Harris's Fight Escalates: NY Law Firm Joins His Case Against Augusta County's Sheriff, Deputies
Written by: Sam Orlando
STAUNTON, VA — Marvin Harris's story is one of tenacity and a relentless pursuit of justice. As we reported in June, Harris, representing himself, managed an improbable victory against the combined legal might of Augusta County, keeping his excessive force claim alive in federal court. Now, according to public filings in the case, he's augmenting his legal team, signaling a shift from a lone David battling Goliath to a formidable legal squadron ready for a titanic showdown.
A recent filing in the United States District Court for the Western District of Virginia reveals that Amina Matheny-Willard, Harris's counsel, has motioned for the admission of Zachary Timothy Peter Lawrence, a managing member of the New York-based Lawrence Law Firm PLLC, to join Harris's legal battalion. Lawrence, renowned for his expertise in federal torts and civil rights cases, has represented similar clients across the nation, according to various Court records reviewed by Breaking Through.
The gravity of Lawrence's addition to Harris's legal team cannot be understated, given where his case began. Harris, an inmate, began his journey in the legal world unassisted, using sheer determination to file a §1983 Complaint against the Augusta County Sheriff and his deputies. Harris' complaint detailed a horrific beating he says he received from several Augusta County deputies. Defying expectations, his complaint thwarted Augusta County's motion to dismiss his lawsuit, an unusual feat noted by the likes of Antwhon Suiter, leader of the Shenandoah Valley's Black Lives Matter organization.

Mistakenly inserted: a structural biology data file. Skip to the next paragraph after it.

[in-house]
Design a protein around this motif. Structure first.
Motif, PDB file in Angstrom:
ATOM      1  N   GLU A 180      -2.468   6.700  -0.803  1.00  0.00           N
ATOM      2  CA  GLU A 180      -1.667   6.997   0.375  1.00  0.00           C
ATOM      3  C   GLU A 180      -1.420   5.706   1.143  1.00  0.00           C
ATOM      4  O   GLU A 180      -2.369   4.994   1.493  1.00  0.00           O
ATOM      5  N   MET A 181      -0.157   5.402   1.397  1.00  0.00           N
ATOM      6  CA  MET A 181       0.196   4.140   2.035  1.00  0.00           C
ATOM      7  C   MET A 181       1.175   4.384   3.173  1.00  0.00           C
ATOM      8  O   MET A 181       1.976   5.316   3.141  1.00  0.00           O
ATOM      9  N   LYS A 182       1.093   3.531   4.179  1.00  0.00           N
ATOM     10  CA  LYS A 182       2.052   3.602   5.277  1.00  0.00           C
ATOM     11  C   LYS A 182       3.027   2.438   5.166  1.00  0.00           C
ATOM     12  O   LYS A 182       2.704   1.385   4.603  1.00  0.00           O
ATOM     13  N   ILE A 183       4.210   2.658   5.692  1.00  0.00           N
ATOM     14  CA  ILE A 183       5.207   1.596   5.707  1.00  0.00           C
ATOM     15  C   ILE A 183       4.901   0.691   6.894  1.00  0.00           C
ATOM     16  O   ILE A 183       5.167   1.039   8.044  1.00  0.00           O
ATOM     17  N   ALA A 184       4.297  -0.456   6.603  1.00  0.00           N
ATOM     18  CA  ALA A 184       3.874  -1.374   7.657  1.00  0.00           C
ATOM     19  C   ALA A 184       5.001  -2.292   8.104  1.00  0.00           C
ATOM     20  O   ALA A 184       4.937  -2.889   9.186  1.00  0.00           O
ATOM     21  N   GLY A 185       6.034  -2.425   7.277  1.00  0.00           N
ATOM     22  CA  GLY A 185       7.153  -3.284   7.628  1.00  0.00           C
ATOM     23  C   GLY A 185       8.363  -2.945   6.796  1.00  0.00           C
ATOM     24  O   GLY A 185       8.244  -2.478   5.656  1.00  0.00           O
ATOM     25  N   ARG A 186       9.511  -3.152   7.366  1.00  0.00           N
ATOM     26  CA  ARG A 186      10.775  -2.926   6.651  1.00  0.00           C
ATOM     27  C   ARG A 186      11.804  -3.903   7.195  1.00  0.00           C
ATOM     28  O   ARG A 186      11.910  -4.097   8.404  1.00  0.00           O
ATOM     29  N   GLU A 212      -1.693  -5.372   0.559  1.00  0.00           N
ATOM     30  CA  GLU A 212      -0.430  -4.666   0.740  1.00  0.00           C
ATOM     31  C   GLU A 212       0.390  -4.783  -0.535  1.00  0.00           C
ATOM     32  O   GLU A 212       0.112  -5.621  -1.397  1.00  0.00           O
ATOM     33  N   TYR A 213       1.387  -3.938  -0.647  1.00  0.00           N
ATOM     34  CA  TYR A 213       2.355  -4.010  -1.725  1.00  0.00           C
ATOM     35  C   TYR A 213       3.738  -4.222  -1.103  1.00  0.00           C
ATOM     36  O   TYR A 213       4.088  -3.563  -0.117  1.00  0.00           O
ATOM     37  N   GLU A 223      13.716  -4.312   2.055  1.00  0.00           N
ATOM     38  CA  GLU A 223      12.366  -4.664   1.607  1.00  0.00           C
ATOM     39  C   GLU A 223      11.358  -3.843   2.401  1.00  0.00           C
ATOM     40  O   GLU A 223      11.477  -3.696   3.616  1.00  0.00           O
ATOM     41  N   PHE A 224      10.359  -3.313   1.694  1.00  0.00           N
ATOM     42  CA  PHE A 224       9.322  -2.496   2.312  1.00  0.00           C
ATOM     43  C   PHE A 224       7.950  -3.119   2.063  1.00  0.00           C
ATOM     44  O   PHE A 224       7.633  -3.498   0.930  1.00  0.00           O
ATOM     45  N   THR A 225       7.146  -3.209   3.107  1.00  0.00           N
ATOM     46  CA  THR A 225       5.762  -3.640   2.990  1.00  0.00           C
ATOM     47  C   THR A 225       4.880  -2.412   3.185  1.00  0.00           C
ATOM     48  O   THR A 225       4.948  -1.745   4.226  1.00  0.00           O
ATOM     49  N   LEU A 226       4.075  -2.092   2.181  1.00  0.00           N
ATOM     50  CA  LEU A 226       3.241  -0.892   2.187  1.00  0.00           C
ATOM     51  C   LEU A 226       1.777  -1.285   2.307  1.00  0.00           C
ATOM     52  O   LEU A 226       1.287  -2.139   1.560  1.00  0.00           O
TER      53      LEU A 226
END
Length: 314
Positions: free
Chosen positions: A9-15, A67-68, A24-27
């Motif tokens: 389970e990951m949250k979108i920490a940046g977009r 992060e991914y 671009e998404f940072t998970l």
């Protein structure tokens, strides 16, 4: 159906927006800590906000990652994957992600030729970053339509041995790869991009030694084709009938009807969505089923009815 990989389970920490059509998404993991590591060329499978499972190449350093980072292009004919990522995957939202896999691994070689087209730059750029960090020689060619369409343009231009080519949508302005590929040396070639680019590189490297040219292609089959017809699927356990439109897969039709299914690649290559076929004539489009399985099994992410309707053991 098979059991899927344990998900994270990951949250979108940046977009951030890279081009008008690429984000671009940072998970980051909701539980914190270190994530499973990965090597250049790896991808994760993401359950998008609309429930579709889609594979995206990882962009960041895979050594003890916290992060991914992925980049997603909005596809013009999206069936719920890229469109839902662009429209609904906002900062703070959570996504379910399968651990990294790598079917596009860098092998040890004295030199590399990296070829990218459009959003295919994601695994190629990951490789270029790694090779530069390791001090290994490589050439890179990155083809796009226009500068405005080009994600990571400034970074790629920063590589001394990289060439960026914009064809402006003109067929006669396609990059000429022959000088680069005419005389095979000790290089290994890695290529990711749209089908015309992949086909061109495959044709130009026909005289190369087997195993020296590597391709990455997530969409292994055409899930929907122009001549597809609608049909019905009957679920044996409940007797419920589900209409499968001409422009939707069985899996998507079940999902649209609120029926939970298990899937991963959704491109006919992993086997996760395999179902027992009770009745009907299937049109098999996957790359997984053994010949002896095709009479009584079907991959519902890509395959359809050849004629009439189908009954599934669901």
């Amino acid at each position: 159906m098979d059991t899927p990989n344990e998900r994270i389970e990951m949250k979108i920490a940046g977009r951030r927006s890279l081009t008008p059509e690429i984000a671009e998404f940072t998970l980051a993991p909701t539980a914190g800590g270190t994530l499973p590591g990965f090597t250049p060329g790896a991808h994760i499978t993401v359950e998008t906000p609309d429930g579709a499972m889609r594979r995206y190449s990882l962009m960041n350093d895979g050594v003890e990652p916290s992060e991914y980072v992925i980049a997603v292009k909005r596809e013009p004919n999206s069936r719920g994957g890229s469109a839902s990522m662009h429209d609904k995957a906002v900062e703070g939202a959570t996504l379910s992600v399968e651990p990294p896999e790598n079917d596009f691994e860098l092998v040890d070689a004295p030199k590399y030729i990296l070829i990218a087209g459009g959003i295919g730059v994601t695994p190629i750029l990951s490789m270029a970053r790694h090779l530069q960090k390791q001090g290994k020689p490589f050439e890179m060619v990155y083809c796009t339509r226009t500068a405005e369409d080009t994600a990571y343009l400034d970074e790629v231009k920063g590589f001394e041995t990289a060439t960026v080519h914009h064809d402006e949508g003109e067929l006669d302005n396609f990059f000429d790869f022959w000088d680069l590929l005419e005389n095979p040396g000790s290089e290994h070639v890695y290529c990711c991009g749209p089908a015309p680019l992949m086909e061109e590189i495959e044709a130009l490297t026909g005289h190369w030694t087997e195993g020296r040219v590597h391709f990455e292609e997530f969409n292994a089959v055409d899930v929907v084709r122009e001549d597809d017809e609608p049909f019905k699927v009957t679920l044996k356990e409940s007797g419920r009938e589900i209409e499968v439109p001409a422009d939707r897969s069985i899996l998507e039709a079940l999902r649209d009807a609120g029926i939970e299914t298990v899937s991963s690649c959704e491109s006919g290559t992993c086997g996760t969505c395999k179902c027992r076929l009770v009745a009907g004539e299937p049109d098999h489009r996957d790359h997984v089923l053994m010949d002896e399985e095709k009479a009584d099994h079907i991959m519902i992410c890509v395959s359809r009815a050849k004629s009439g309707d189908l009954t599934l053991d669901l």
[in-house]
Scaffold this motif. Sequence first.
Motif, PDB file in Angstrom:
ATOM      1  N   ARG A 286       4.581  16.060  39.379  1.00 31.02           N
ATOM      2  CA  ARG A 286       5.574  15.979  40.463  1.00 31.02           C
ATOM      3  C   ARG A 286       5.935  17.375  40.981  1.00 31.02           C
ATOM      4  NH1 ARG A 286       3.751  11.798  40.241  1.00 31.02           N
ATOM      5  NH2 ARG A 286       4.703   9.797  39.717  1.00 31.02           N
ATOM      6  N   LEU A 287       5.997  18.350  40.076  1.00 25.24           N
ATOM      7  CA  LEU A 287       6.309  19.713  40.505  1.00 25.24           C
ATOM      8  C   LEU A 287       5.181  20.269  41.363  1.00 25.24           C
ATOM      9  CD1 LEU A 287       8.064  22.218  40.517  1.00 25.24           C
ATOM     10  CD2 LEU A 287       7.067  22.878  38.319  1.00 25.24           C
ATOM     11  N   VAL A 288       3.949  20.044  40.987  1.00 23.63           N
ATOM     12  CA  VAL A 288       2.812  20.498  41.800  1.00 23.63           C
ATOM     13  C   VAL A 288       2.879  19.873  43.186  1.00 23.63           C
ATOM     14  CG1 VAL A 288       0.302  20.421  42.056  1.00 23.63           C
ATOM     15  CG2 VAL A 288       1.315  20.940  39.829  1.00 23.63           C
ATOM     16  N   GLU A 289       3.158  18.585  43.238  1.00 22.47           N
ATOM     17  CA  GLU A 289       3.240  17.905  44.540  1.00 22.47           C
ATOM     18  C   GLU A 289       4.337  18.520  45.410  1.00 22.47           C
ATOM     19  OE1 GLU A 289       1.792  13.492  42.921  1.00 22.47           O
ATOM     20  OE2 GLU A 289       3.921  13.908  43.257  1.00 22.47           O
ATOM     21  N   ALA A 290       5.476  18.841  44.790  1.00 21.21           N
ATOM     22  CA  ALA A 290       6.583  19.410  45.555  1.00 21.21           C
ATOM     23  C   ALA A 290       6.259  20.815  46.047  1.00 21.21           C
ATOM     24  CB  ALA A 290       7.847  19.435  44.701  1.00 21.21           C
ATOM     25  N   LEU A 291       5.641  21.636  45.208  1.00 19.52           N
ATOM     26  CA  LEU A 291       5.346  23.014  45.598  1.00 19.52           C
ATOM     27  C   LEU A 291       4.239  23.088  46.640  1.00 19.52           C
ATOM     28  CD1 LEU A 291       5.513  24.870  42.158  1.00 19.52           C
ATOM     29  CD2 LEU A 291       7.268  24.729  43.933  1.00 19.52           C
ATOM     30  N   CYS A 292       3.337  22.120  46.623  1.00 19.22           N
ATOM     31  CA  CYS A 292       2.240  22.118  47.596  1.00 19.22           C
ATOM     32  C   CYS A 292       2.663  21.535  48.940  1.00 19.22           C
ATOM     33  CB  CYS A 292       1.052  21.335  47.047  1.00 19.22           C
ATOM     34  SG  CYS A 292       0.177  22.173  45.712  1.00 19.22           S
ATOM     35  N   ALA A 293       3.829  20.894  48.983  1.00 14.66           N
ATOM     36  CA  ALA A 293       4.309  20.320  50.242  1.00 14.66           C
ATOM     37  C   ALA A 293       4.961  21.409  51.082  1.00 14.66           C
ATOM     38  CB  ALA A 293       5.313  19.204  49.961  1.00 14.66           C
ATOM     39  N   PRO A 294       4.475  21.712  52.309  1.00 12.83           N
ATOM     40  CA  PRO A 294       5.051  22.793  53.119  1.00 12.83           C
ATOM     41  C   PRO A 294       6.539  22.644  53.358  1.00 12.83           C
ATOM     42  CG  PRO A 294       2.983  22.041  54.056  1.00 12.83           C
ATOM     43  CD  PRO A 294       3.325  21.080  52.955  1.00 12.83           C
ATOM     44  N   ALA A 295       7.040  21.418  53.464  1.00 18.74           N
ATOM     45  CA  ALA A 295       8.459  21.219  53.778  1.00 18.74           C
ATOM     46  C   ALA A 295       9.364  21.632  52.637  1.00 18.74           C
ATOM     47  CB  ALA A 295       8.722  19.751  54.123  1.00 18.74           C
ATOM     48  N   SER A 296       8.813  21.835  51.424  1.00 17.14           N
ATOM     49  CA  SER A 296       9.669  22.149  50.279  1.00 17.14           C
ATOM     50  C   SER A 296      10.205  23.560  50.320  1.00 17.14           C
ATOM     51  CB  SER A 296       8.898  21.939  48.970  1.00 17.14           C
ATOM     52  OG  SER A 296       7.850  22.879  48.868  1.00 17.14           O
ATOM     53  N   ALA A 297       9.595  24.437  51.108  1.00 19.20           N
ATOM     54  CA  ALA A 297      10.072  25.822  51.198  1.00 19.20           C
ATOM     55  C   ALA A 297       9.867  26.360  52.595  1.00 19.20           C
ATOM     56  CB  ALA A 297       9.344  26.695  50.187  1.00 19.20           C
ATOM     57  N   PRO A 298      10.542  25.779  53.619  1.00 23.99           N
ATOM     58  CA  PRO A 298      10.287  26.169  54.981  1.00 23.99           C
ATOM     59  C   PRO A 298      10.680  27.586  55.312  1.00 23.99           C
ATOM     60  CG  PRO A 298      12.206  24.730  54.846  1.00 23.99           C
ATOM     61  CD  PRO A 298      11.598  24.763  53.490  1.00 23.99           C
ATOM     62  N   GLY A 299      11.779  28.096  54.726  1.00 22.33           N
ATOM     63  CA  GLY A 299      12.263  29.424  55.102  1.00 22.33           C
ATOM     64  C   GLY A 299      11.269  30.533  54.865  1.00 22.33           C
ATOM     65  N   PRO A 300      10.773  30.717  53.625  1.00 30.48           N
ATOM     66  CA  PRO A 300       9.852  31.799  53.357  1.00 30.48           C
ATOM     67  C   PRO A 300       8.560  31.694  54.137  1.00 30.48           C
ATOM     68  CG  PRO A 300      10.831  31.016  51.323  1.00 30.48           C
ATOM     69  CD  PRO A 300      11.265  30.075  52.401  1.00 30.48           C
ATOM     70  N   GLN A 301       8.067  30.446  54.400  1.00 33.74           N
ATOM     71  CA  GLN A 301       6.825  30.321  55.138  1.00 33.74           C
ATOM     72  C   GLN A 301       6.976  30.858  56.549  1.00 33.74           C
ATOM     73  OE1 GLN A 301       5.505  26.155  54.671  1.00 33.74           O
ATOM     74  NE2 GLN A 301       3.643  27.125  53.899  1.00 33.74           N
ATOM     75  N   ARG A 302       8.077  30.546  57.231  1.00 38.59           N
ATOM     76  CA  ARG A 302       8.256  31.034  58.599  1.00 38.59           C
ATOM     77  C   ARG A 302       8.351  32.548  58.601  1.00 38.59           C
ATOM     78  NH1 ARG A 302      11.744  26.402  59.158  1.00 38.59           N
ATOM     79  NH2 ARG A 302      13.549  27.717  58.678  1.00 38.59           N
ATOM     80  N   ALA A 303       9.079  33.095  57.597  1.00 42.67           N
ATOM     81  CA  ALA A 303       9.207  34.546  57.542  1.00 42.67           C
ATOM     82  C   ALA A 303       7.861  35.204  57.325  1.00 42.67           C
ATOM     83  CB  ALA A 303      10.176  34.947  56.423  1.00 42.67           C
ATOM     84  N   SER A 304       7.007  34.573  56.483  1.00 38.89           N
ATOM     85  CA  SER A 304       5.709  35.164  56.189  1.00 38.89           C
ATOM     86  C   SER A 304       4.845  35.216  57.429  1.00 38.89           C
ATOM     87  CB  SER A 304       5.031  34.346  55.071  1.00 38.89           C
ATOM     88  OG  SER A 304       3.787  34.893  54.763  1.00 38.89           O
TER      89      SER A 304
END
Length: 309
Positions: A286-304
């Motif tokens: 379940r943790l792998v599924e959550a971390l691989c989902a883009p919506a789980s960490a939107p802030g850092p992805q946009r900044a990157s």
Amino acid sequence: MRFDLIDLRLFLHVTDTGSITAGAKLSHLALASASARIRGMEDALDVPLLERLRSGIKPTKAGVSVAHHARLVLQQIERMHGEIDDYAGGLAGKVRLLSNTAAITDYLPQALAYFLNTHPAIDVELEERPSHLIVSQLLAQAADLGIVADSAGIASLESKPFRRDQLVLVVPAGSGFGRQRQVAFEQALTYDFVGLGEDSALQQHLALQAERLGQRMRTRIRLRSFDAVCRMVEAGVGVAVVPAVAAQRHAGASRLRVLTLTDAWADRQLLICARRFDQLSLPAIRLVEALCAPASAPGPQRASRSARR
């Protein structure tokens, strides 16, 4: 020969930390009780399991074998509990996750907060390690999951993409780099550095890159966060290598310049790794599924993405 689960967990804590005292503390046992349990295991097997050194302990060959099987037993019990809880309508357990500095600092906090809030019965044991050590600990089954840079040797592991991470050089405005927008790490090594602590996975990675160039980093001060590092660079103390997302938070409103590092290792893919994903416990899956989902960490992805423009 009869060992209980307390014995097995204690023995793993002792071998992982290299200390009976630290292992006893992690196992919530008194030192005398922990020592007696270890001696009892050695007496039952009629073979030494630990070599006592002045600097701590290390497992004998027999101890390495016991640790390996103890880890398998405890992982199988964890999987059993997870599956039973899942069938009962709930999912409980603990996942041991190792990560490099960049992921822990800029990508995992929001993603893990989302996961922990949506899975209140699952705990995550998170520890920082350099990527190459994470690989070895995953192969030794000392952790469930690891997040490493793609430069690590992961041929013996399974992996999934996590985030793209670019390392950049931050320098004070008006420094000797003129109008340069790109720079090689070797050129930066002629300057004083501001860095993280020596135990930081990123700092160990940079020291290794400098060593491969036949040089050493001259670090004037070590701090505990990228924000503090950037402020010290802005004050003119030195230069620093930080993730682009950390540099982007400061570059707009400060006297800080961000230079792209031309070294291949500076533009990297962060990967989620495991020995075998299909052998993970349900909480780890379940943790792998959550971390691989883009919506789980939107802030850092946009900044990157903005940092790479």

The dramatic turning point of Harris's case serves as a beacon to many other victims seeking redress for alleged police brutality, according to Suiter. Harris' unyielding efforts not only secured him a place in the federal court but have also earned him legal allies ready to stand alongside him in his pursuit of justice.
While the trauma of his violent arrest in October 2020 still lingers, with grave injuries leading to a series of health complications, Harris's latest move epitomizes resilience. His mother, Shereba Harris, has said, "There's really no amount of money that can ever help erase that night from my son." But with this strengthened team, there is renewed hope from the family that the court will act justly, ensuring that such traumatic experiences do not go unpunished.
Harris's initial solo journey, coupled with the emerging high-caliber legal ensemble, highlights the broader issues at stake: police accountability, the plight of inmates seeking justice, and the broader societal implications of systemic police violence. But as Harris's story unfolds, it also promises hope — a testament that when one stands firm against injustice, support may come from unexpected quarters.
As Harris prepares for the subsequent stages of his legal battle, equipped now with a formidable legal team, the eyes of Augusta County and the nation will surely be watching, waiting to see how this emblematic case will shape the future dialogues on police accountability and civil rights.